• If you have a large clinic in which you are going to use the autoclave very intensively, you should go for a high-end autoclave which will provide you with superior reliability and technical service. In this case, at Dentaltix we recommend this autoclave: Autoclave B Futura

What is the best dental autoclave?

The experts proved: the most effective autoclaves for dental tools are based on steam.

Dry steam or wet steam machine  — depends on you. The wet steam autoclaves increase the duration of the process for a while. We can explain this by saying that the drying process is highly important in sterilizing and it makes possible to use the tools right after the sterilization is complete.

How to use a dental autoclave?

There is nothing difficult in using autoclaves. Generally, this device is doing all the main job by itself. But for those who face autoclave for the first time, we should talk about general aspects of utilization.

The functioning of autoclave: step by step

  1. Prepare the instruments, using your device instructions or the information we wrote below.
  2. Put the tools into the Dental Autoclave.
  3. Close it until its process is running.
  4. Wait until the equipment is sterile and dry.
  5. Make sure there is no pressure in the chamber and remove the tools.
  6. The instruments are ready to be re-used.

And this is how to autoclave dental instruments: you just put the instruments into the chamber and the autoclave does everything else for you.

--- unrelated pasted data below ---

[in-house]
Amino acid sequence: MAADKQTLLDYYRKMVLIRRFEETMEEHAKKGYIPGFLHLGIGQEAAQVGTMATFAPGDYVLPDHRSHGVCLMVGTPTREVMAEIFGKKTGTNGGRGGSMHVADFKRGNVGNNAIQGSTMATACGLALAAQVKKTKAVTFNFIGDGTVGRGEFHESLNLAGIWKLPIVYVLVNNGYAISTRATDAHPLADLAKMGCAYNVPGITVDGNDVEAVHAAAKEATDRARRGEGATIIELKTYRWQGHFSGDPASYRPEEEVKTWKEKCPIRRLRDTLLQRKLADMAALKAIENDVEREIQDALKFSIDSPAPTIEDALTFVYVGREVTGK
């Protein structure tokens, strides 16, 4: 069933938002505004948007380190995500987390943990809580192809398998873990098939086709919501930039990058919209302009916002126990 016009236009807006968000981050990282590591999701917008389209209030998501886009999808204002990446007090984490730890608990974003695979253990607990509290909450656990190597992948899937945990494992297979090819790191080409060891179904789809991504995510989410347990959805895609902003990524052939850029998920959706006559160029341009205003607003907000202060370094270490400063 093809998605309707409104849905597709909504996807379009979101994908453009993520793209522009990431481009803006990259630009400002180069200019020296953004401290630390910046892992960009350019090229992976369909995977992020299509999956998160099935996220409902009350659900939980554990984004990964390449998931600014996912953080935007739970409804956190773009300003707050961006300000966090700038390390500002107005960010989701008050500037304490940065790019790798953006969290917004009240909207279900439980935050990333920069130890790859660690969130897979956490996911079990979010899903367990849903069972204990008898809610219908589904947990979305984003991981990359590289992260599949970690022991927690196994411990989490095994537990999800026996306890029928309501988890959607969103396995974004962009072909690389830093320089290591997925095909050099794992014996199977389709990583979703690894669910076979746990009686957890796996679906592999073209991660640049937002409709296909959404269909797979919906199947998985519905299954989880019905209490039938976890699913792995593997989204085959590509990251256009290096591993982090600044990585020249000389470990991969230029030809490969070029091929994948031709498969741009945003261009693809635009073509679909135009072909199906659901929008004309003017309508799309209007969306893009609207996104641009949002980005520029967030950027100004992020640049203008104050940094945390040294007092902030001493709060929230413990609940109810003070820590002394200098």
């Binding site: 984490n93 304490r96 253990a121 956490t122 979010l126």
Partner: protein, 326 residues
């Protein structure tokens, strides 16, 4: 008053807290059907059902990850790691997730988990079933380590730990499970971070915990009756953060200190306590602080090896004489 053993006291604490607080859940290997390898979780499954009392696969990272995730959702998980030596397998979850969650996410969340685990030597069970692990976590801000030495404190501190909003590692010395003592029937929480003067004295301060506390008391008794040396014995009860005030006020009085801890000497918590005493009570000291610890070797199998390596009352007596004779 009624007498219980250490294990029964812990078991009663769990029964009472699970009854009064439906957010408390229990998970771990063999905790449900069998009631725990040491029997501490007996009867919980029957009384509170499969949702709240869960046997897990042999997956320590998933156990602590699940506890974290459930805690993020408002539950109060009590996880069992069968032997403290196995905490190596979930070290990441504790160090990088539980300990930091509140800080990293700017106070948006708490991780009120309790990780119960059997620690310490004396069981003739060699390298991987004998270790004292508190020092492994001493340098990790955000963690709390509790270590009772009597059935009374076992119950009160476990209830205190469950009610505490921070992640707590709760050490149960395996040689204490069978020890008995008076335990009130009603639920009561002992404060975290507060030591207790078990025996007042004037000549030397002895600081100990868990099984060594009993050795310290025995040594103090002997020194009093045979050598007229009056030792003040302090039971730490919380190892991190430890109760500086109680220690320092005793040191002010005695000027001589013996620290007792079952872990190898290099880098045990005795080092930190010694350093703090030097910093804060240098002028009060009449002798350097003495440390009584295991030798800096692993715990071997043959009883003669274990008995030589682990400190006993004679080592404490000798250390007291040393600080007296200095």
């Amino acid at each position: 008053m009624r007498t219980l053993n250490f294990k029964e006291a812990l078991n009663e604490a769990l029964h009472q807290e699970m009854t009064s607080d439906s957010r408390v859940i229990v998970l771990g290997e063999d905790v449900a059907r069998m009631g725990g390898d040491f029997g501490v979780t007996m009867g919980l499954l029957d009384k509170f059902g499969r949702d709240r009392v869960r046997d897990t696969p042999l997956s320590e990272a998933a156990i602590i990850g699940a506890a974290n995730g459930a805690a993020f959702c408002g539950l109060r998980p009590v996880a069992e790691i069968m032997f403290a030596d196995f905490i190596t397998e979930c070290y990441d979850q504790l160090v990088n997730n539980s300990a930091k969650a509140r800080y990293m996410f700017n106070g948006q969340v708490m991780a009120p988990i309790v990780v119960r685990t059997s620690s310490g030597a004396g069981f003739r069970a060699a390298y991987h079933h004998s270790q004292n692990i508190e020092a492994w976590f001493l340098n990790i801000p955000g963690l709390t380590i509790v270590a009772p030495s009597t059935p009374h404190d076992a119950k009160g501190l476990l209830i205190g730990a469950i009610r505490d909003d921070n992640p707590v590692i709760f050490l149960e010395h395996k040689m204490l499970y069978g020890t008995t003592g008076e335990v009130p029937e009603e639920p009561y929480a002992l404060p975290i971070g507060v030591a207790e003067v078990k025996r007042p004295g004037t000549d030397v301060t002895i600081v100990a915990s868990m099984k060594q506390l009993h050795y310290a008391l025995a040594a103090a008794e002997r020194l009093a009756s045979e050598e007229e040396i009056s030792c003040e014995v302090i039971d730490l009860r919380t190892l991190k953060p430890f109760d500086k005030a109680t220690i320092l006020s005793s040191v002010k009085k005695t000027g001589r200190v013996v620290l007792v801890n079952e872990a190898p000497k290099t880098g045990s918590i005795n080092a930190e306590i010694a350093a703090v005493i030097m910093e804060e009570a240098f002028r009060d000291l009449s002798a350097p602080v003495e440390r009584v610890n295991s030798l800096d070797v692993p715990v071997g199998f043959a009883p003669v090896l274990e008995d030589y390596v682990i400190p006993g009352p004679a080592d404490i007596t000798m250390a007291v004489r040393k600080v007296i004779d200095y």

After these simple series of maneuvers temperature-treated tools are completely safe to use, so there are no chances to get infected or for your clients to be afraid of any kind of viruses, bacteria, microbes.

How to clean dental autoclave?

Your dental equipment needs cleaning, so as the device for sterilization. It is necessary to clean the autoclave every day after using. Before cleaning, disconnect the power cord. Then mix some water with a cleanser, wet a sponge in this mixture and gently clean the inner side of the device’s door.

Once a week, again use a sponge, clean the reservoir, where water basically is in. Also, you need to use a special solution to wash out the chamber, but please, follow the directions that are given in your product instructions.

Select the right type of solution or soapy water to clean the outer side of an autoclave and dry it with a soft clean cloth.

This is it, your autoclave is clean and always ready to be used again.

How often should dental autoclave be serviced?

Your dental autoclave will serve during the promised term if you clean it as many times as it is necessary. It requires a different degree of purification every time duration — per days, months and years of using. But as a must, make sure, that you check-up the autoclave every six months. In case if it may need the maintenance.

So, after 6 months of using an autoclave, contact a service center to prevent your device from breaking.

Let’s make some conclusions. An autoclave is a device for equipment sterilization. They are mostly used in the medical field. Making a choice to buy an autoclave, you should pay attention to the size of the device. If you have a small room, the best variant for you – is a mini-autoclave. But note, that it may not probably fit all your equipment at once. So if you have a chance to accommodate a bigger machine, do this. It will save your time in a few times.

The most important in serving autoclaves is a usual cleaning. There some rules how to clean autoclave, that prevents from malfunctioning of the machine and from its rapid breakdown.

And remember, to buy a good autoclave for your dental service – is always a worthy contribution.